Almost a decade after the original lawsuit was filed and three years after the trial was completed, U.S. District Court Judge Adalberto Jordan has ruled that the Florida Medicaid program violates federal law. The lawsuit was brought by the Florida Chapter of the American Academy of Pediatrics and the Florida Academy of Pediatric Dentistry. See the article below by Dr. Bicuspid as well as additional background on the case. Pediatric dentist and Medicaid dental expert Dr. James J. Crall was a critical expert witness in the case. The judge’s opinion relied heavily on Crall’s analysis:
"I also agree with Dr. Crall’s opinion that Florida’s Medicaid dental rates are not sufficient enough to provide equal access . . . "
"Based on the evidence in this case, I conclude that while reimbursement rates are not the only factor determining whether providers participate in Medicaid, they are by far the most important factor, and that a sufficient increase in reimbursement rates will lead to a substantial increase in provider participation and a corresponding increase in access to care."
The AAPD applauds this court decision and hopes that policymakers will make reforms in Medicaid dental programs to improve patient utilization and provider participation, as has occurred in states like Connecticut, Maryland, and Texas (albeit in two of those states as a result of lawsuit settlements and the other due to the death of a child from a tooth infection). See this recent ADA Health Policy Institute Report for more details on how Medicaid dental fees are far below commercial insurance averages in most states.
The case Florida Pediatric Society/The Florida Chapter of the American Academy of Pediatrics v. Levine, No. 05-23037-CIV-HUCK (S. D. Fla., was originally filed in the U.S. District Court, Southern District of Florida on Nov. 21, 2005. The class action complaint was filed by the Florida Academy of Pediatric Dentistry (FAPD), the Florida Chapter of the American Academy of Pediatrics, and the families of six children on Medicaid. It is based on alleged violations of the federal Medicaid law, including the equal access, EPSDT, and reasonable promptness requirements. The lawsuit alleges that Florida has failed in its legal duty to provide 1.6 million children of low-income families with adequate healthcare, because the state does not inform their families of the basic healthcare services they are entitled to, sends them to HMOs too full to accept them, and refuses to pay physicians and dentists at a rate that covers their expenses. There is a legal requirement under the federal Medicaid Early and Periodic Screening, Diagnostic and Treatment (EPSDT) program that children must have access to care from doctors that is equal to the access to care received by privately insured children, and such children must receive preventive health services.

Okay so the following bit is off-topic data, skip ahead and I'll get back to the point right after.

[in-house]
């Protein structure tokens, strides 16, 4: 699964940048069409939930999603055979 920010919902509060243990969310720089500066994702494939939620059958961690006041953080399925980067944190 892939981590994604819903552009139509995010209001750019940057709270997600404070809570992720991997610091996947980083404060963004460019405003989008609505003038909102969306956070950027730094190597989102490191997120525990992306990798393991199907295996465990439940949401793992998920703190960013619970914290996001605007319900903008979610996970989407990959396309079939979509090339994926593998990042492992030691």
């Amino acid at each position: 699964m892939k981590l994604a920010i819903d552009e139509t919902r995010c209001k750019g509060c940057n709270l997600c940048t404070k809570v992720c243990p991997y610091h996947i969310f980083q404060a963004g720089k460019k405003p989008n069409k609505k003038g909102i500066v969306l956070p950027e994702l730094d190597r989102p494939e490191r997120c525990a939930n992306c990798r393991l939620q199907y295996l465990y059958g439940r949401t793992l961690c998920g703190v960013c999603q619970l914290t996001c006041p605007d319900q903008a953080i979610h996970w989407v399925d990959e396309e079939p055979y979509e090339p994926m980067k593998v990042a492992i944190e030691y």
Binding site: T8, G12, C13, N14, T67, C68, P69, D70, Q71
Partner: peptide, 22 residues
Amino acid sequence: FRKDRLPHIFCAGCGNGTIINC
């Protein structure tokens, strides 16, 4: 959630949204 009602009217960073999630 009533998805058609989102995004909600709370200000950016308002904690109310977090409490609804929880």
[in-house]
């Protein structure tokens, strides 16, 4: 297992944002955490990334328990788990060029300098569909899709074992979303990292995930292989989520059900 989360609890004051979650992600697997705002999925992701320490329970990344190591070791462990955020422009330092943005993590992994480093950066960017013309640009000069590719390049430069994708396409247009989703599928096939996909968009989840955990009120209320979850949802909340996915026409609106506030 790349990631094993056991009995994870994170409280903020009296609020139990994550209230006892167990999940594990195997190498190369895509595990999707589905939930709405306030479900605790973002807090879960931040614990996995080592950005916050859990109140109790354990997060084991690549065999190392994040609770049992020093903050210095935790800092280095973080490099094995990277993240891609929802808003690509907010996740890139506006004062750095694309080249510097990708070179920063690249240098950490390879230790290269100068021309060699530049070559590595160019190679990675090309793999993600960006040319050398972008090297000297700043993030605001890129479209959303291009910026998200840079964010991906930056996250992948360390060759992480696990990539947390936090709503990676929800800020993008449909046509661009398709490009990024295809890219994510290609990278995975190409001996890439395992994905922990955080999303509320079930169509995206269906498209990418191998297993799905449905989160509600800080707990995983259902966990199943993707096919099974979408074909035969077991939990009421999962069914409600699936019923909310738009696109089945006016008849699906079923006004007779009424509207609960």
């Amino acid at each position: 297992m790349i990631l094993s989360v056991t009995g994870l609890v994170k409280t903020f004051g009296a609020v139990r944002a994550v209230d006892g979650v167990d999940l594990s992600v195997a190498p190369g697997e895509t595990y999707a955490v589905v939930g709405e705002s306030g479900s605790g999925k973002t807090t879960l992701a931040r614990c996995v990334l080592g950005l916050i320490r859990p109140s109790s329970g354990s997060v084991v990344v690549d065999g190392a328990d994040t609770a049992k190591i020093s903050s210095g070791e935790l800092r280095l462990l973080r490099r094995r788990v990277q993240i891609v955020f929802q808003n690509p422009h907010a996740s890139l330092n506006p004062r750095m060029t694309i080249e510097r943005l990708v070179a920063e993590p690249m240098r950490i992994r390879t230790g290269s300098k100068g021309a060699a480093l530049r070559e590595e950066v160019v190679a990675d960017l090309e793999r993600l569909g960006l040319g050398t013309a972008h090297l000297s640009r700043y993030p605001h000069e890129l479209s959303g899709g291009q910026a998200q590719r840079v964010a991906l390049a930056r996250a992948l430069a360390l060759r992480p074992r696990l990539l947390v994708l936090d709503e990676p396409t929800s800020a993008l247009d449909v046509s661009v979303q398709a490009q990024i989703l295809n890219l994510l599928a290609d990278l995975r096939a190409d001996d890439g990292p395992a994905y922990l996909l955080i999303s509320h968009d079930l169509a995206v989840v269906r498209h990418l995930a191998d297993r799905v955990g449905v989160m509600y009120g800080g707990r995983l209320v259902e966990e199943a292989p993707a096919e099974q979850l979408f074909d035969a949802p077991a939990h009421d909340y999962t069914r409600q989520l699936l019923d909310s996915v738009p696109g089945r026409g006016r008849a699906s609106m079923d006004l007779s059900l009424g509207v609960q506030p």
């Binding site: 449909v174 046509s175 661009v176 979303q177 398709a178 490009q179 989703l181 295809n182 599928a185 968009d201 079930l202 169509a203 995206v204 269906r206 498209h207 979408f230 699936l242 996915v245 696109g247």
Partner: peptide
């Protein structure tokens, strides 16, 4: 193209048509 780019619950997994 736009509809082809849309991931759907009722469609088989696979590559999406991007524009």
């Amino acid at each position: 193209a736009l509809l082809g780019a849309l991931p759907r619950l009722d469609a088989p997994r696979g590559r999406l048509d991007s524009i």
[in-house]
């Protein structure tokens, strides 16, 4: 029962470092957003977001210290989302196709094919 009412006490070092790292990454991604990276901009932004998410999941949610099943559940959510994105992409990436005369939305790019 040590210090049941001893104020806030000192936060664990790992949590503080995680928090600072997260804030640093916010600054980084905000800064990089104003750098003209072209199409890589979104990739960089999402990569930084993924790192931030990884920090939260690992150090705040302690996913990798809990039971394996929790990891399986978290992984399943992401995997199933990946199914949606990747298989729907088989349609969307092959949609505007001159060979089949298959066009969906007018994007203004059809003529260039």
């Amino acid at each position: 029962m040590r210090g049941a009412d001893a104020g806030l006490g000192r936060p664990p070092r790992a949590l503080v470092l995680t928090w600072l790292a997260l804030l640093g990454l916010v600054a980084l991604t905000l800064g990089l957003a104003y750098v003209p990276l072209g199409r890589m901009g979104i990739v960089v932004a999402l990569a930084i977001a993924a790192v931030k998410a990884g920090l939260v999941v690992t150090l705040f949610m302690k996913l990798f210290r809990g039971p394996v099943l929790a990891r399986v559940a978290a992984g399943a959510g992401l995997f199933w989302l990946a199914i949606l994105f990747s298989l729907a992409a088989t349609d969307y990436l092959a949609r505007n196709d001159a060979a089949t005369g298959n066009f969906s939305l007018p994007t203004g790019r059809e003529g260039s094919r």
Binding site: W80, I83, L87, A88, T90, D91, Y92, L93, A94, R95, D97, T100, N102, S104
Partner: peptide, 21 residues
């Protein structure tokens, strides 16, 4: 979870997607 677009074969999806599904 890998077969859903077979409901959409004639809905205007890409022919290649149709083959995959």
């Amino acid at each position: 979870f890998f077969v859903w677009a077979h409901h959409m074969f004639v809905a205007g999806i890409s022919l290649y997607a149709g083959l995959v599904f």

In January 2007, the court ruled that the lawsuit could proceed. The court rejected the state’s motion to dismiss. Attorneys for the State of Florida argued that pediatricians, pediatric dentists, and parents of children on Medicaid do not have the right to sue Florida officials to enforce federal law, because the federal statutes under which this suit was brought do not allow individuals to bring such a lawsuit. In his 6-page decision, Judge Adalberto Jordan rejected that argument and stated that the lawsuit can proceed because "the statutes under which the plaintiffs bring suit confer individually enforceable rights."
The case featured a long trial that lasted from December 2009 to January 2012. Several Florida pediatric dentists testified in the trial as well as national Medicaid children’s dental program expert (and pediatric dentist) Dr. James J. Crall.
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